• FIG. 23 is a schematic timeline of the events shown in FIGS. 6-15. At reference time 0, the transaction T0 is initiated and performs read and write actions on the original slice S1 1. At reference time 10, the copy operation COPY10 is initiated. Because the transaction T0 has not yet finished writing to the original slice S1 1, the copy operation COPY10 waits for the transaction T0 to complete. In one embodiment, the copy operation COPY10 does not wait for earlier transactions, such as transaction T0, to complete. In embodiments where the copy operation COPY10 does not wait, the transaction T0, can be modified to forward write actions to the write queues Q1 2a, Q1 2b. At reference time 15, the transaction T0 completes and the copy operation COPY10 begins reading rows of data from the original slice S1 1 and writing the data to the new slices S1 2a, S1 2b according to the new distribution function that determines how to divide data between the new slices S1 2a, S1 2b. Additionally, at reference time 15, the database can transition to an asynchronous state. The asynchronous transaction T15 is initiated and performs read and write actions on the original slice S1 1 in addition to performing asynchronous write actions on the queues Q1 2a, Q1 2b.
  • At reference time 20, the copy operation COPY10 completes and the queues Q1 2a, Q1 2b begin to replay queued actions to the new slices S1 2a, S1 2b. In an embodiment, the database system begins throttling one or more transactions writing to the queues Q1 2a, Q1 2b while they replay queued actions to the new slices S1 2a, S1 2b. At reference time 25, the asynchronous transaction T25 is initiated and performs read and write actions on the original slice S1 1 in addition to performing asynchronous write actions on the queues Q1 2a, Q1 2b. At reference time 30, the queues Q1 2a, Q1 2b are empty and the database system can transition to a semi-synchronous state. At reference time 35, the synchronous transaction T35 is initiated and performs read and write actions on the original slice S1 1 in addition to performing synchronous write actions on the queues Q1 2a, Q1 2b. The queues Q1 2a, Q1 2b continue to replay queued actions to the new slices S1 2a, S1 2b.
  • At reference time 37, the asynchronous transaction T25 completes. At reference time 40, the asynchronous transaction T15 completes, at which point there are no more asynchronous transactions pending. Accordingly, the database system activates the new slices S1 2a, S1 2b, deactivates the original slice S1 1, and can transition to a synchronous state. At reference time 45, the post-flip transaction T45 is initiated and performs read and write actions on the new slices S1 2a, S1 2b while forwarding write actions to the original slice S1 1. At reference time 50, the synchronous transaction T35 terminates. At this point, the reslicing operation can be considered complete. In an embodiment, the transaction T45 can stop forwarding write actions to the original slice S1 1. Additionally, the original slice S1 1 and the queues Q1 2a, Q1 2b can be marked for deletion, deleted, and/or garbage collected. At reference time 55, the transaction T55 is initiated and performs read and write actions on the new slices S1 2a, S1 2b.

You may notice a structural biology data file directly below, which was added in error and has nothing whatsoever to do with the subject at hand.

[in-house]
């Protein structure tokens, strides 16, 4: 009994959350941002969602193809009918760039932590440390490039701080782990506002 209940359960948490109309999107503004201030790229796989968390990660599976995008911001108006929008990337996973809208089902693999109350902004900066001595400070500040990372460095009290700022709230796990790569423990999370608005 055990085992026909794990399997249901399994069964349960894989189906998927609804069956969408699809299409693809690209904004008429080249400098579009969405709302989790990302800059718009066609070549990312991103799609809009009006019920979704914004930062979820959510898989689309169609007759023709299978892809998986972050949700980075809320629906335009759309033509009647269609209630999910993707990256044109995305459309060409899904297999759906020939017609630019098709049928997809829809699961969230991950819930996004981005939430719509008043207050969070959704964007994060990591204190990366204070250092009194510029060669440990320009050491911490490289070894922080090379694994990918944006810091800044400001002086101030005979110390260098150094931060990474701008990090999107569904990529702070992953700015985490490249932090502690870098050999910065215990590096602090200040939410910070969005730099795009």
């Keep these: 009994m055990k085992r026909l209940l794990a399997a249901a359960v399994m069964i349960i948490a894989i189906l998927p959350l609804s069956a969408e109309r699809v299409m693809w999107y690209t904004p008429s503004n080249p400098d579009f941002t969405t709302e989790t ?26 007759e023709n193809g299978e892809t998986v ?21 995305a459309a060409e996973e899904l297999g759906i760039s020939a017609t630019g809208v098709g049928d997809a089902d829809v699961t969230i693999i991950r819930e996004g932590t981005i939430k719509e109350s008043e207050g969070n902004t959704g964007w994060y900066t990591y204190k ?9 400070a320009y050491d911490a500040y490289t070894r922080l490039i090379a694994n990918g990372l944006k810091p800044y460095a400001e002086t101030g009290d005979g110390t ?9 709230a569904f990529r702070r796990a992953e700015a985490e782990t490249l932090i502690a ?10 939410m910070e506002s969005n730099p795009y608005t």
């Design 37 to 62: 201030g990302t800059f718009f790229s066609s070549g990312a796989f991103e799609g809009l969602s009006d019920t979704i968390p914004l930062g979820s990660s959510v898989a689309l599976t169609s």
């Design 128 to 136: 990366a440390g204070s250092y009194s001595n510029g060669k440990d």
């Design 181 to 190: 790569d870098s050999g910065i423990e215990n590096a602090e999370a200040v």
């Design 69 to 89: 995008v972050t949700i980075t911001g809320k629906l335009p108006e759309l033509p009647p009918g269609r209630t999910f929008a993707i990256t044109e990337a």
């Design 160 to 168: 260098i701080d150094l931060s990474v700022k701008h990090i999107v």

• The various illustrative logics, logical blocks, modules, circuits and algorithm steps described in connection with the implementations disclosed herein may be implemented as electronic hardware, computer software, or combinations of both. The interchangeability of hardware and software has been described generally, in terms of functionality, and illustrated in the various illustrative components, blocks, modules, circuits and steps described above. Whether such functionality is implemented in hardware or software depends upon the particular application and design constraints imposed on the overall system.
  • The hardware and data processing apparatus used to implement the various illustrative logics, logical blocks, modules and circuits described in connection with the aspects disclosed herein may be implemented or performed with a general purpose single- or multi-chip processor, a digital signal processor (DSP), an application specific integrated circuit (ASIC), a field programmable gate array (FPGA) or other programmable logic device, discrete gate or transistor logic, discrete hardware components, or any combination thereof designed to perform the functions described herein. A general purpose processor may be a microprocessor, or, any conventional processor, controller, microcontroller, or state machine. A processor may also be implemented as a combination of computing devices, e.g., a combination of a DSP and a microprocessor, a plurality of microprocessors, one or more microprocessors in conjunction with a DSP core, or any other such configuration. In some implementations, particular steps and methods may be performed by circuitry that is specific to a given function.
  • In one or more exemplary aspects, the functions described may be implemented in hardware, digital electronic circuitry, computer software, firmware, including the structures disclosed in this specification and their structural equivalents thereof, or in any combination thereof. Implementations of the subject matter described in this specification also can be implemented as one or more computer programs, i.e., one or more modules of computer program instructions, encoded on a computer storage media for execution by, or to control the operation of, data processing apparatus.